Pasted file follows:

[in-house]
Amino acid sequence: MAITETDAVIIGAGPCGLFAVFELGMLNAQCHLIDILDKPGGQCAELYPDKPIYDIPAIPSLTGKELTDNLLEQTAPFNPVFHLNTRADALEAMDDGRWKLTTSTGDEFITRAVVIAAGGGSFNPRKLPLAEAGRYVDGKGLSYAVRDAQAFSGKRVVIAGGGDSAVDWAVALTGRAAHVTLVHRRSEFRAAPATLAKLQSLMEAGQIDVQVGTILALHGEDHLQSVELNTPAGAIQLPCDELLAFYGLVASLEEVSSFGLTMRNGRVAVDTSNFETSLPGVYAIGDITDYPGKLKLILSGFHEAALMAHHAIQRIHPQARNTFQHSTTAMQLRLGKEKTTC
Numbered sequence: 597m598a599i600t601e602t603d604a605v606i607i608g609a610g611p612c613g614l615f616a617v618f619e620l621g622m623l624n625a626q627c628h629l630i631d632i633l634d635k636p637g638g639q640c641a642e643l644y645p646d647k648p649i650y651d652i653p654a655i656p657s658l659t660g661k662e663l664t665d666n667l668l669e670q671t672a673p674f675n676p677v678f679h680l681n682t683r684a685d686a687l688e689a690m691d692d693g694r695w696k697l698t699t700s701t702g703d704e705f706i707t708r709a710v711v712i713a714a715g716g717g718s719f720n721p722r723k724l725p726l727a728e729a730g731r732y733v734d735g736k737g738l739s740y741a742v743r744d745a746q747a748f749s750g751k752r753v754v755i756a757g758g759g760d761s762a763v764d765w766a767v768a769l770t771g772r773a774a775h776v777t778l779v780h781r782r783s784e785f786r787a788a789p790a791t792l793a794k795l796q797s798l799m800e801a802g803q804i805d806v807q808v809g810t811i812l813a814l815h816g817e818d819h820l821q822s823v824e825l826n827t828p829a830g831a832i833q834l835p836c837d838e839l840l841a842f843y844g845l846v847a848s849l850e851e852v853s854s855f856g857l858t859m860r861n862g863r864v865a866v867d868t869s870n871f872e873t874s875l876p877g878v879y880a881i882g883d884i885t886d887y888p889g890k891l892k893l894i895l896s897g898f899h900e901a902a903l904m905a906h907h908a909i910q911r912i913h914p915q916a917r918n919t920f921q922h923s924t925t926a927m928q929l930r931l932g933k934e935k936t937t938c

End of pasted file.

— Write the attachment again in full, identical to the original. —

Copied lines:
[in-house]
Amino acid sequence: MAITETDAVIIGAGPCGLFAVFELGMLNAQCHLIDILDKPGGQCAELYPDKPIYDIPAIPSLTGKELTDNLLEQTAPFNPVFHLNTRADALEAMDDGRWKLTTSTGDEFITRAVVIAAGGGSFNPRKLPLAEAGRYVDGKGLSYAVRDAQAFSGKRVVIAGGGDSAVDWAVALTGRAAHVTLVHRRSEFRAAPATLAKLQSLMEAGQIDVQVGTILALHGEDHLQSVELNTPAGAIQLPCDELLAFYGLVASLEEVSSFGLTMRNGRVAVDTSNFETSLPGVYAIGDITDYPGKLKLILSGFHEAALMAHHAIQRIHPQARNTFQHSTTAMQLRLGKEKTTC
Numbered sequence: 597m598a599i600t601e602t603d604a605v606i607i608g609a610g611p612c613g614l615f616a617v618f619e620l621g622m623l624n625a626q627c628h629l630i631d632i633l634d635k636p637g638g639q640c641a642e643l644y645p646d647k648p649i650y651d652i653p654a655i656p657s658l659t660g661k662e663l664t665d666n667l668l669e670q671t672a673p674f675n676p677v678f679h680l681n682t683r684a685d686a687l688e689a690m691d692d693g694r695w696k697l698t699t700s701t702g703d704e705f706i707t708r709a710v711v712i713a714a715g716g717g718s719f720n721p722r723k724l725p726l727a728e729a730g731r732y733v734d735g736k737g738l739s740y741a742v743r744d745a746q747a748f749s750g751k752r753v754v755i756a757g758g759g760d761s762a763v764d765w766a767v768a769l770t771g772r773a774a775h776v777t778l779v780h781r782r783s784e785f786r787a788a789p790a791t792l793a794k795l796q797s798l799m800e801a802g803q804i805d806v807q808v809g810t811i812l813a814l815h816g817e818d819h820l821q822s823v824e825l826n827t828p829a830g831a832i833q834l835p836c837d838e839l840l841a842f843y844g845l846v847a848s849l850e851e852v853s854s855f856g857l858t859m860r861n862g863r864v865a866v867d868t869s870n871f872e873t874s875l876p877g878v879y880a881i882g883d884i885t886d887y888p889g890k891l892k893l894i895l896s897g898f899h900e901a902a903l904m905a906h907h908a909i910q911r912i913h914p915q916a917r918n919t920f921q922h923s924t925t926a927m928q929l930r931l932g933k934e935k936t937t938c